Have you seen the TV commercials where a parent does whacko things to prevent her child from knowing that canned pasta in tomato sauce counts as a vegetable serving?
Give me a break. Kids need to know that vegetables are great food – and that they come from a garden not from a can of pasta with tomato sauce or from a mixture of vegetable juices. In case you missed it, during Jamie Oliver’s attempts to change school cafeteria foods he goes into an elementary school classroom and asks the kids to identify the vegetables he holds up. They didn’t even know what an actual tomato looked like.
The health gurus tell us over and over again that vegetables and fruit are a necessary part of a healthy diet. They do all kinds of good things for our bodies. They taste good, they’re a whole lot cheaper than meat, fish, and many types of dairy products, and they don’t have the saturated fat found in animal foods.
According to the Center for Disease Control and Prevention (CDC):
- Only a third of Americans eat two or more fruit servings a day – with orange juice ranking first in consumption.
- Only a quarter eat three or more vegetable servings each day with potato the number one veggie (if you guess long, skinny, and fried as the most popular form you’ve grabbed the brass ring).
The Way It Was
I grew up in New York City in an era when canned and then frozen veggies reigned. But, I would spend summers and vacations on my Grandmother’s farm in Pennsylvania and eat produce straight from the garden – or from what had been “put up” at the end of the harvest season.
My Aunt, the 12th child of my grandparents’ 13 kids, sent me the following email:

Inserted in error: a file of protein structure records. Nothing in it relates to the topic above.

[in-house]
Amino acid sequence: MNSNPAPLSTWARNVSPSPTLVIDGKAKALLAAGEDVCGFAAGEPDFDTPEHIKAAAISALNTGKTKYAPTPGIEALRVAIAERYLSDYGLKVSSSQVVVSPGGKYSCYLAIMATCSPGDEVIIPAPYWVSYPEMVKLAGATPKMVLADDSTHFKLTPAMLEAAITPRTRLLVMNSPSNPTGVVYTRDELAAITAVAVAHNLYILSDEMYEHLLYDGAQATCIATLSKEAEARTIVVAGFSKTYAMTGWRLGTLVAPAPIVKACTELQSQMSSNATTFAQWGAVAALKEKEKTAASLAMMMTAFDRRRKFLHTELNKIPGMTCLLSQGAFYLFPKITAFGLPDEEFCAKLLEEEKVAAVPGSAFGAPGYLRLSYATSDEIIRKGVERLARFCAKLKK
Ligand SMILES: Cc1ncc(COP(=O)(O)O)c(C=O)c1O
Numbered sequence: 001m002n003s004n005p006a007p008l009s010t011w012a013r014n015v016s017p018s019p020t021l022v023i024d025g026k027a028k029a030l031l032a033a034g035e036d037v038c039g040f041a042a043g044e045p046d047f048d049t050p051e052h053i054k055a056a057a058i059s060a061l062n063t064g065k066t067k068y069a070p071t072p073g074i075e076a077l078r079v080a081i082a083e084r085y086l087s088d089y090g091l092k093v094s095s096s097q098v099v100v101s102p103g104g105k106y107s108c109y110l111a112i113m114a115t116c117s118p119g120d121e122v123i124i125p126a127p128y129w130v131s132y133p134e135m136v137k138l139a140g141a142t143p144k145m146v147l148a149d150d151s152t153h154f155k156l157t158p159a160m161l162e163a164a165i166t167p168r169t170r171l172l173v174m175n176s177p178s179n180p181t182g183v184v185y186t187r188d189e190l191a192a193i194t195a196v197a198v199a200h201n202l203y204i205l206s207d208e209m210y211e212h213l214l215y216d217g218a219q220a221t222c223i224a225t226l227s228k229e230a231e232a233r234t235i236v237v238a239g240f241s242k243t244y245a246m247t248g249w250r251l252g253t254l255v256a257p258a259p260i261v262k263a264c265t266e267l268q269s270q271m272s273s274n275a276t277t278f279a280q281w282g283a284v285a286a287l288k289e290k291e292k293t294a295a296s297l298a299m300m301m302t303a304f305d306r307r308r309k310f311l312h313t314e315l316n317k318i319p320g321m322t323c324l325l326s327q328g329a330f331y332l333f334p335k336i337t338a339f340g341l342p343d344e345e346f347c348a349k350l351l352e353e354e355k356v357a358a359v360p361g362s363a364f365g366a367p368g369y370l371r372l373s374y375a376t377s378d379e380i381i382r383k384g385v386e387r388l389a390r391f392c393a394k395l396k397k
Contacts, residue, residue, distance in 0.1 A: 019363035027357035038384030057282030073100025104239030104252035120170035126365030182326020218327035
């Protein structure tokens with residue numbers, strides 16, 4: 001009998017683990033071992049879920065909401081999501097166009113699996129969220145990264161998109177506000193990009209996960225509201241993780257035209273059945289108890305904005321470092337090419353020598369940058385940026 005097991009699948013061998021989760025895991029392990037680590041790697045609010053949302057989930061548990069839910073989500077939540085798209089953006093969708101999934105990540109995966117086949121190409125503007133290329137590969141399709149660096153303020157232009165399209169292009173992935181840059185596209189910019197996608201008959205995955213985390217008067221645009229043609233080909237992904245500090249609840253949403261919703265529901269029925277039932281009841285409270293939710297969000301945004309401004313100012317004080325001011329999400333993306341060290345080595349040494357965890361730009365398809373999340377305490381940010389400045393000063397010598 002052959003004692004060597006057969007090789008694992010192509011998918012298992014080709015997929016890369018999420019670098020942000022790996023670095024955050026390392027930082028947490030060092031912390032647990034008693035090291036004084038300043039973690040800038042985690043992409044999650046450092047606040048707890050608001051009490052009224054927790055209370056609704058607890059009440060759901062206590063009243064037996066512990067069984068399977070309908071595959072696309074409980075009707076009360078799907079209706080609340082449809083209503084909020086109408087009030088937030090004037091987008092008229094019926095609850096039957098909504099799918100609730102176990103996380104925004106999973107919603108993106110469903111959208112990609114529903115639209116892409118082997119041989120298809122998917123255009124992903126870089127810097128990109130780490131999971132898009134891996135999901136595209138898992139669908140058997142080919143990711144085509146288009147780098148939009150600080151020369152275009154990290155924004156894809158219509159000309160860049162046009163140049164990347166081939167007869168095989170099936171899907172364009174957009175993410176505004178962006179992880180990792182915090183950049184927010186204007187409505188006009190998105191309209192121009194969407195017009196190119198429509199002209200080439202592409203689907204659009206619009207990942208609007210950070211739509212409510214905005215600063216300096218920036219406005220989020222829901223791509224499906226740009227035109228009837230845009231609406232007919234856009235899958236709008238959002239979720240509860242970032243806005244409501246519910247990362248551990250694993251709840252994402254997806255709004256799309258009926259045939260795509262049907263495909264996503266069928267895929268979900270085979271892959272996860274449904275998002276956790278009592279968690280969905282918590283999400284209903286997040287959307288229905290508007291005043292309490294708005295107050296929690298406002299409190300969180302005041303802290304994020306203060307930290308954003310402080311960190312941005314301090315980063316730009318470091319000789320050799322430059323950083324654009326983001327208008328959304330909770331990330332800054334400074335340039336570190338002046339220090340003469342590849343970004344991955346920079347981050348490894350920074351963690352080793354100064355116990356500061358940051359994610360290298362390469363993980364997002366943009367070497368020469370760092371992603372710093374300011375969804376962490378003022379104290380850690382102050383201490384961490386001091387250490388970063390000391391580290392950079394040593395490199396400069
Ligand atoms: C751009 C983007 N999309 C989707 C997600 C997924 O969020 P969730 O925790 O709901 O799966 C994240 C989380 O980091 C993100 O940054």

My mother did canning the old fashioned way, it was called cold packing. Everything you wanted to preserve was cleaned and packed into bottles — because of our large family we used 2 quart bottles. After the bottles were packed they were put into a big vat of water and brought to a boil. The boiling time depended on what was in the bottles.
Our family packed 210 quarts of tomatoes, 180 quarts of string beans, and about 80 to100 quarts of fruit (cherries, blueberries, etc.). We made our own jelly and jam such as strawberry, grape, and peach. We dried beans and peas in the sun also picked mushrooms and dried them for the winter.
Talk about eating real food and a diet filled with vegetables!
The Bottom Line
Although most of us don’t grow and preserve out food anymore, farmer’s markets and even supermarkets are giving many of us easier access to beautiful fresh produce. Still, Americans lag far behind the government’s recommended servings for fruit and vegetables.
According to the Harvard School of Public Health, a diet rich in vegetables and fruit has significant health benefits including: lower blood pressure; a reduced risk of stroke, heart disease, and probably some cancers; decreased risk of digestive and eye disorders; and an evening out of blood sugar which helps control your appetite.
The goal for most people is at least nine servings (4½ cups) of vegetables and fruit a day, and according to the Harvard School of Public Health, potatoes don’t count. To give your body the nutrients it needs try to eat a variety of produce, especially dark leafy greens, cooked tomatoes, and anything that’s a rich yellow, orange, or red color.
Challenge yourself to try a new kind of fruit or vegetable, or experiment in preparing it or serving it in new ways. Cook it, eat it raw, add it to a recipe, and jazz it up with herbs and spices which are also good for you. Once you start trying, you’ll be amazed at how many opportunities there are to add fruit and veggies to your meals. For your health’s sake, make it a challenge and a goal for you and your family to eat more produce.